Before the Guinness Book of World Records retired the record of “largest box office loss,” MGM’s Cutthroat Island was firmly entrenched in the spot with $10 million earned at the box office against a budget of $98 million along with $17 million in marketing expenses. Adjusted for inflation, Cutthroat Island lost the studio a total of $137 million and remains one of the worst financial disasters in film history.

Next: What’s in a name?

47 Ronin (2013)

Keanu Reeveswrites something in front of a group of men in the woods in 47 Ronin
47 Ronin | H2F Entertainment
  • Estimated loss: $103-158 million

47 Ronin had several issues to overcome right from the start. Though it shares the same name as a renowned Japanese epic, it has almost nothing to do with that story. As a result, the decision to name the movie 47 Ronin probably only confused fans of the previous films with that title, rather than lending any legitimacy to this version.

Second, while the studio’s decision to use mostly unknown Japanese actors in the film’s starring roles (besides Keanu Reeves) was admirable, it probably didn’t help sell the movie in the U.S. Finally, as detailed by The Wrap, the already large initial budget of $175 million soon ballooned to $225 million, in part due to expensive reshoots the studio made after it took control of the project from director Carl Rinsch.

Next: An extremely costly failure

The 13th Warrior (1999)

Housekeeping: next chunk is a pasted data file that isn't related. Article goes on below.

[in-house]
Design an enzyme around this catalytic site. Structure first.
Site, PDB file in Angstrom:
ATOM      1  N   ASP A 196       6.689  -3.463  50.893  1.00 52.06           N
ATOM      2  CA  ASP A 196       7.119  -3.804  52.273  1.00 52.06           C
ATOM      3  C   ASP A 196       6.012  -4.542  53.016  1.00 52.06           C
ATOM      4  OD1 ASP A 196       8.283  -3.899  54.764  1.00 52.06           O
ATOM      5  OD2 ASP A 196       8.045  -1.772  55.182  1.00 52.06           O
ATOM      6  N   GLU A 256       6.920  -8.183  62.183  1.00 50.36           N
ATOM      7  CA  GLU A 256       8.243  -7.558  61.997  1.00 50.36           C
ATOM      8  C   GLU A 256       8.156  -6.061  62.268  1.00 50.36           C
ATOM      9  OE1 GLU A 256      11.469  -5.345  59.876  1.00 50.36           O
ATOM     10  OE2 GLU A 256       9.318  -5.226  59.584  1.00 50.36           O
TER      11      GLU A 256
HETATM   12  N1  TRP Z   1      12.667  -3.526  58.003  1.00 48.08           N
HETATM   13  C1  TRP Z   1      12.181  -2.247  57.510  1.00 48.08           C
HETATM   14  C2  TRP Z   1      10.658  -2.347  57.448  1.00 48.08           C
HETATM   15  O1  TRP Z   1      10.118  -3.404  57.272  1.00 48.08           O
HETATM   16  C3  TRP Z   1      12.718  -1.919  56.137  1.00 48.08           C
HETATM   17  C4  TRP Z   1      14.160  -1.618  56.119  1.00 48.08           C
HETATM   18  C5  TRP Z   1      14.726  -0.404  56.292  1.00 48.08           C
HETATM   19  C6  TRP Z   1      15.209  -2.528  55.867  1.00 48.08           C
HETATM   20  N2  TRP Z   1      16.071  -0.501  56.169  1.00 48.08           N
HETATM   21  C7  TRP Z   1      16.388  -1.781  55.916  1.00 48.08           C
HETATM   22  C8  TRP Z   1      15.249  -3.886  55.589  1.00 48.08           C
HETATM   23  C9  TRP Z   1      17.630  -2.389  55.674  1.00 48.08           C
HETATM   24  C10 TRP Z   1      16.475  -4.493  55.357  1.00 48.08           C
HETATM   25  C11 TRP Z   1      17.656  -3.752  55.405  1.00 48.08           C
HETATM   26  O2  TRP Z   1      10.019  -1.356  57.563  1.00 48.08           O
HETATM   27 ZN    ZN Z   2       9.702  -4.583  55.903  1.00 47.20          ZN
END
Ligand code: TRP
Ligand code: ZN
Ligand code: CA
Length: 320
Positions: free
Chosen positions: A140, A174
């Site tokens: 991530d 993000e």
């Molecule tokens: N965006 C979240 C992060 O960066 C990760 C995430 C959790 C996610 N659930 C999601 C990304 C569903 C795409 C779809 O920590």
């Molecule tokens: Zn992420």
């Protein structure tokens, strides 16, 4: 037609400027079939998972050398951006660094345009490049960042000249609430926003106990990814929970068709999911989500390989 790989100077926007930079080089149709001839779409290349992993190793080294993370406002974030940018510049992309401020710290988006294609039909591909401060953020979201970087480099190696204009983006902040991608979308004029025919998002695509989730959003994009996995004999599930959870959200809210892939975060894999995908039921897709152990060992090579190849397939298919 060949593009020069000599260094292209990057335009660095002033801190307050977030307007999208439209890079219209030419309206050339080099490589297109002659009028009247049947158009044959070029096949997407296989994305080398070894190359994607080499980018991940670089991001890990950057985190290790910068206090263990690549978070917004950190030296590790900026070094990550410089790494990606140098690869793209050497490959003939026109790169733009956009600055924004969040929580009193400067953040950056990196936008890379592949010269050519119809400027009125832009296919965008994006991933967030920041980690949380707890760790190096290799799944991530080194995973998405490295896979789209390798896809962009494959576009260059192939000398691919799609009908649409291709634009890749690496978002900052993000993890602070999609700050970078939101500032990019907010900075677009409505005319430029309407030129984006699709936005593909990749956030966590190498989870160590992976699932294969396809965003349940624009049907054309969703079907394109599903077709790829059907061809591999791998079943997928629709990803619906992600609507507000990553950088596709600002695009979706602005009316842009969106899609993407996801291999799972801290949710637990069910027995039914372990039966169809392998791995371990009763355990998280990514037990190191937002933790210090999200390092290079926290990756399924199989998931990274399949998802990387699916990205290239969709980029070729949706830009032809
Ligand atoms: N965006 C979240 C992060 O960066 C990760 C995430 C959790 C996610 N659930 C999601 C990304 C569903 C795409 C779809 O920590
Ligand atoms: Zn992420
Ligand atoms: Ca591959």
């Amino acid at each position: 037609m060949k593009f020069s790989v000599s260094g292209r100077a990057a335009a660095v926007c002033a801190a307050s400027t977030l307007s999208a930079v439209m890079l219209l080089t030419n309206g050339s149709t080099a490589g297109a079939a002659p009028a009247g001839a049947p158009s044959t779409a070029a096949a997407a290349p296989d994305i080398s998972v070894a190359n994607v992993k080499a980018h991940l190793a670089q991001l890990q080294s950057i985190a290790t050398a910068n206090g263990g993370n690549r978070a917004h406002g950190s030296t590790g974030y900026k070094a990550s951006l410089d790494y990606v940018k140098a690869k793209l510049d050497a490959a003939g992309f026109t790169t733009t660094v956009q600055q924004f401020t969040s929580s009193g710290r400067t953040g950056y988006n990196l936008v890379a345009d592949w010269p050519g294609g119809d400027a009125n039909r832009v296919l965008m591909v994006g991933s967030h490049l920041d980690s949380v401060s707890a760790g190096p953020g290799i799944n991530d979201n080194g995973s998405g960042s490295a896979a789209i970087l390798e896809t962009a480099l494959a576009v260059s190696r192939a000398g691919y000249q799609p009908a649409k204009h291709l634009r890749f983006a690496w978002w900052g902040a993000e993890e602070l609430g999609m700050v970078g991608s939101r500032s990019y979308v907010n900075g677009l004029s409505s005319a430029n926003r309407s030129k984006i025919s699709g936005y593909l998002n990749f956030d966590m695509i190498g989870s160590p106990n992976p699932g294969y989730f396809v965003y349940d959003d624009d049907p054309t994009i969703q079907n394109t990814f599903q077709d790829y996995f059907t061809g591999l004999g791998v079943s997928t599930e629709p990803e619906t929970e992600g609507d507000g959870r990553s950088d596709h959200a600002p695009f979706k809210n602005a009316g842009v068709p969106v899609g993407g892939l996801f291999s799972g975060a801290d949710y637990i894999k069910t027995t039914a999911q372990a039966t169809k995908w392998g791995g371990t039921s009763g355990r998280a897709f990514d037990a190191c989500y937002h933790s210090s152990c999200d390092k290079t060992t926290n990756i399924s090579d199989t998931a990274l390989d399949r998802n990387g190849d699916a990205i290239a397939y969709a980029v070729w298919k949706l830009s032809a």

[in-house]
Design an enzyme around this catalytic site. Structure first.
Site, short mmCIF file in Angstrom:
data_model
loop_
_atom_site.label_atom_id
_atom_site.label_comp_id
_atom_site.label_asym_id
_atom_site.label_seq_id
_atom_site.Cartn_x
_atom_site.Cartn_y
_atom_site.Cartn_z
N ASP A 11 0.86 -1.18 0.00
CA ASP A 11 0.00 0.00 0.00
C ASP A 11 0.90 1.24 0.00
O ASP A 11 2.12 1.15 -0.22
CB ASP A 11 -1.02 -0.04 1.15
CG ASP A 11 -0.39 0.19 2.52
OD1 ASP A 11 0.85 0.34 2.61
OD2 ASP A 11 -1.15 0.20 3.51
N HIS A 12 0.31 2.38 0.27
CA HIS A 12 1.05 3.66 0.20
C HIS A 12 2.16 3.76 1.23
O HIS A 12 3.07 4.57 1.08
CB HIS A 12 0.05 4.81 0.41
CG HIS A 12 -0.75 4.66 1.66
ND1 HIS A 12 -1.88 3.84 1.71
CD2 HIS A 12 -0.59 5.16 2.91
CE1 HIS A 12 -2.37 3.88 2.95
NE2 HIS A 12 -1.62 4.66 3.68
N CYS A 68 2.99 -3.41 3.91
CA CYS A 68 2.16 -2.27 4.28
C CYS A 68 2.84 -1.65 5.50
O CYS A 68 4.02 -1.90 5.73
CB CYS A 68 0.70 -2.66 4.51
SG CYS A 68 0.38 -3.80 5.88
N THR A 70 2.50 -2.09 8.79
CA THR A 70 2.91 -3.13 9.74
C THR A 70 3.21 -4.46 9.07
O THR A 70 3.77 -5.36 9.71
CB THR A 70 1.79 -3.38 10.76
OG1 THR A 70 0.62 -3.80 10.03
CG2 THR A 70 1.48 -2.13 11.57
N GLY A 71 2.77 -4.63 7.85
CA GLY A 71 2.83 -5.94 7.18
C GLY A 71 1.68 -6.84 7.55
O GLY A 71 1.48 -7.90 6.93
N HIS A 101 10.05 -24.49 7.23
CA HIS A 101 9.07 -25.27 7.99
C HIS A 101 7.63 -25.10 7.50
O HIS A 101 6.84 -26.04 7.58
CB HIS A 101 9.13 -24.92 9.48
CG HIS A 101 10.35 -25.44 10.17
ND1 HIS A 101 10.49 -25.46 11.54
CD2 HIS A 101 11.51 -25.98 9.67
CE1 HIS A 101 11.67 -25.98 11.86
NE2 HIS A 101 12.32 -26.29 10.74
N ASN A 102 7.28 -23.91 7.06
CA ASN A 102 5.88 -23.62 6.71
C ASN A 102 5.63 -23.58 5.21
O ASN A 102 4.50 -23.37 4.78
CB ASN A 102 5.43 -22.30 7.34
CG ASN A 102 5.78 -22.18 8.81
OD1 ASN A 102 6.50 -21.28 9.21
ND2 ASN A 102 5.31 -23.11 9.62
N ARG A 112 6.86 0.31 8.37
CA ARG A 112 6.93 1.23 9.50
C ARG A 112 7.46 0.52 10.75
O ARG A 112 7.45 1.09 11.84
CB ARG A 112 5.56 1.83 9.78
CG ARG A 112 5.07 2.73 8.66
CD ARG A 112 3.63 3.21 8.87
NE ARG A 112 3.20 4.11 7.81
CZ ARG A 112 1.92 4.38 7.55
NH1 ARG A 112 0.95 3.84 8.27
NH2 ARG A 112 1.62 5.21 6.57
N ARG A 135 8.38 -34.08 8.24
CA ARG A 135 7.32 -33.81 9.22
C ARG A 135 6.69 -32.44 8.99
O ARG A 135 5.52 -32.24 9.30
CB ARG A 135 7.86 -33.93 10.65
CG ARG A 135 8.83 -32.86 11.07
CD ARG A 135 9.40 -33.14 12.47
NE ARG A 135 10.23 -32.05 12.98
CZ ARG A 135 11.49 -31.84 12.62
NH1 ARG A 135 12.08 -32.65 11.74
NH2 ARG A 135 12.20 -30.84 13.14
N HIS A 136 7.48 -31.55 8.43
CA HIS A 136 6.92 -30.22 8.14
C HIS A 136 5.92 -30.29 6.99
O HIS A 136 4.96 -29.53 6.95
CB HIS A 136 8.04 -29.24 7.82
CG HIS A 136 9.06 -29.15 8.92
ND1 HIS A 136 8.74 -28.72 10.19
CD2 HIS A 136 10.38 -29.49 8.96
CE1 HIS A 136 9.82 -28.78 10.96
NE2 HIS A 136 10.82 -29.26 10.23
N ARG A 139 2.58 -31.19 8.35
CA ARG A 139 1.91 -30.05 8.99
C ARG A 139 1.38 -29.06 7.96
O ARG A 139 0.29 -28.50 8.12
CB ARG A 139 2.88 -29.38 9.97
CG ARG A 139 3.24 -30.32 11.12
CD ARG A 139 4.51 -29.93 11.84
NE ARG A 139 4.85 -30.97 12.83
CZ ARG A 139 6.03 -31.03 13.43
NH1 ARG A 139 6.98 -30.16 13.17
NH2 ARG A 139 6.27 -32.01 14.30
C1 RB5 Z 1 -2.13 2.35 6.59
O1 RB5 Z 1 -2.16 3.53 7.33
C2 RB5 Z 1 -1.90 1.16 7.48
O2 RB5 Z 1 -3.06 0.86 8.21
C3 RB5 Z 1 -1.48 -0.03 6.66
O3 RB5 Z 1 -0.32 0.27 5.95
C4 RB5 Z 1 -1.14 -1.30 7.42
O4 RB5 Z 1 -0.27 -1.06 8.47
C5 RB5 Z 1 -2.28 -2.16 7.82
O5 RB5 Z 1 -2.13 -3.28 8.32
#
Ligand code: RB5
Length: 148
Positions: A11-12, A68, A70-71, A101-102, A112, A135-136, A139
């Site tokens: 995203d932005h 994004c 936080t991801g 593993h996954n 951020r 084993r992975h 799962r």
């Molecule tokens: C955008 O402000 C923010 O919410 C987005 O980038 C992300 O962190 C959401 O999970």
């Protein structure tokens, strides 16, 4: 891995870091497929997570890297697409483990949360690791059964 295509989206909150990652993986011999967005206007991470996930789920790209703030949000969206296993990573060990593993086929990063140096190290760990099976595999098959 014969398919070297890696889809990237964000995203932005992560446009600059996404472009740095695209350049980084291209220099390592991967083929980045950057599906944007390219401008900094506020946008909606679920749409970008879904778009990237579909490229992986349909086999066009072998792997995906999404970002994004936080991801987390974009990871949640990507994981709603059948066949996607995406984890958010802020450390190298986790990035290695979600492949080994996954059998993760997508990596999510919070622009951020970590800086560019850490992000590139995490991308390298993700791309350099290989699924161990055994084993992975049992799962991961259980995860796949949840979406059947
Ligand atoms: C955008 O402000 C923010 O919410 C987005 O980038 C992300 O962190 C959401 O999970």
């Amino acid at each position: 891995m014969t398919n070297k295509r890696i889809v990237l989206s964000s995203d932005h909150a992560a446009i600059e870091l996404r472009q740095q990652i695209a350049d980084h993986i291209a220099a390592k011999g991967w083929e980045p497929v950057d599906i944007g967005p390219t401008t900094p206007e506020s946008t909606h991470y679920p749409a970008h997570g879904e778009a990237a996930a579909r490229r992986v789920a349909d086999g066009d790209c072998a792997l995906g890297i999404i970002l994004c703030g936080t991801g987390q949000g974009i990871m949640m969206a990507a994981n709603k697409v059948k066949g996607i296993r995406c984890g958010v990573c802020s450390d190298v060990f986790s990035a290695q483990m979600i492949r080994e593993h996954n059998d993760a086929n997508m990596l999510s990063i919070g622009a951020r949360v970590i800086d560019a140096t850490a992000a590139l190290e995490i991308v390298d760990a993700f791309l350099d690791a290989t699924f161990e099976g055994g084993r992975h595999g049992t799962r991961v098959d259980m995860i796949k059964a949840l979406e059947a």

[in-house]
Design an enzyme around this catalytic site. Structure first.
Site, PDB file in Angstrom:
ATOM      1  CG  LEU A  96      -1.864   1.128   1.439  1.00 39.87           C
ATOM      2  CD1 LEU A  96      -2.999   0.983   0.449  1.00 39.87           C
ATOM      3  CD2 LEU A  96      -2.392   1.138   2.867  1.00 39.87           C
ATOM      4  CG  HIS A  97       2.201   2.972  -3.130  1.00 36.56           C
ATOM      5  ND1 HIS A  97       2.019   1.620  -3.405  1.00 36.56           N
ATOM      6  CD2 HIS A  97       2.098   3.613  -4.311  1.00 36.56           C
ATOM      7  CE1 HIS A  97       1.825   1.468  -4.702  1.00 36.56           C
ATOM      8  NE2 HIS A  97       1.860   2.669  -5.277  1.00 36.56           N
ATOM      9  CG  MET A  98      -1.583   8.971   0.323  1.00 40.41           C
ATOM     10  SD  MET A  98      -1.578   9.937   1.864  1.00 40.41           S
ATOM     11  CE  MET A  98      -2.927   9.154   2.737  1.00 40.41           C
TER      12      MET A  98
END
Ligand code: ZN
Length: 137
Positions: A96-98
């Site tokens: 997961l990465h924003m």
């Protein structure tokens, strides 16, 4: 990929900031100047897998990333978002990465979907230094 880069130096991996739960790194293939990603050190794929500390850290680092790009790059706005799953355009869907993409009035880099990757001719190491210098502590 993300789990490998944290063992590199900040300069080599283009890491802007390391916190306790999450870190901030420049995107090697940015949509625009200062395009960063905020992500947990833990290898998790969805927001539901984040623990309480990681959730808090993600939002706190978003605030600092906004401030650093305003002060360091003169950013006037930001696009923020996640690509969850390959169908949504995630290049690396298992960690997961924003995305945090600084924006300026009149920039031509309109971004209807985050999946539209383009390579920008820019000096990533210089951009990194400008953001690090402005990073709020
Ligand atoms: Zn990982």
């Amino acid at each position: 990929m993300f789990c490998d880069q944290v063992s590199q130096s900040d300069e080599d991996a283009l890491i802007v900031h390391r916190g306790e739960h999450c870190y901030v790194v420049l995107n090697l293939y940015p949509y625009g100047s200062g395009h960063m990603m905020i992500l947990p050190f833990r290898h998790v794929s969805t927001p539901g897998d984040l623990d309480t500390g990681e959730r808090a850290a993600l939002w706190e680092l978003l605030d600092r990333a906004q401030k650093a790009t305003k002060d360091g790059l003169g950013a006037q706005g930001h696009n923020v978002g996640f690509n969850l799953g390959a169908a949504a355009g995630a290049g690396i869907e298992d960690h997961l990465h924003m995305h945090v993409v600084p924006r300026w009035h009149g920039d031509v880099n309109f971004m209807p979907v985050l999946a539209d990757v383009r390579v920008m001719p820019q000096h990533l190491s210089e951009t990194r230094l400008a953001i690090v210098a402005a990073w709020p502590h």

Antonio Banderas about to draw his sword in battle in The 13th Warrior
Antonio Banderas in The 13th Warrior | Touchstone Pictures
  • Estimated loss: $101-190 million

Based on Michael Crichton’s Eaters of the Dead, Buena Vista was banking on The 13th Warrior building off the huge success of Crichton’s Jurassic Park adaptation from a few years prior. But the studio’s decision to spend huge amounts of money on the film, even by 2013 standards, ultimately backfired.

The total cost of The 13th Warrior has been debated over the years (hence the range of total losses), with some reports indicating that it might actually be the biggest box office bomb of all time. The film’s total cost is generally agreed to have been around $160 million — a stunning number in 1999. While the film wasn’t terrible at the box office, earning $61.7 million, it wasn’t nearly enough for a film with a budget that had spiraled completely out of control.

Next: The last movie of its kind

Sinbad: Legend of the Seven Seas (2003)

Sinbad: Legend of the Seven Seas | Dreamworks
  • Estimated loss: $166 million

Sinbad: Legend of the Seven Seas holds the unique distinction of being the last hand-drawn animation ever put out by Dreamworks, and a project that almost bankrupted the company. Despite an aggressive marketing strategy, the film was unable to overcome strong competition around the time that it opened, which included Pixar’s smash animated hit, Finding Nemo.

Additional reporting by Nathanael Arnold and Nick Cannata-Bowman.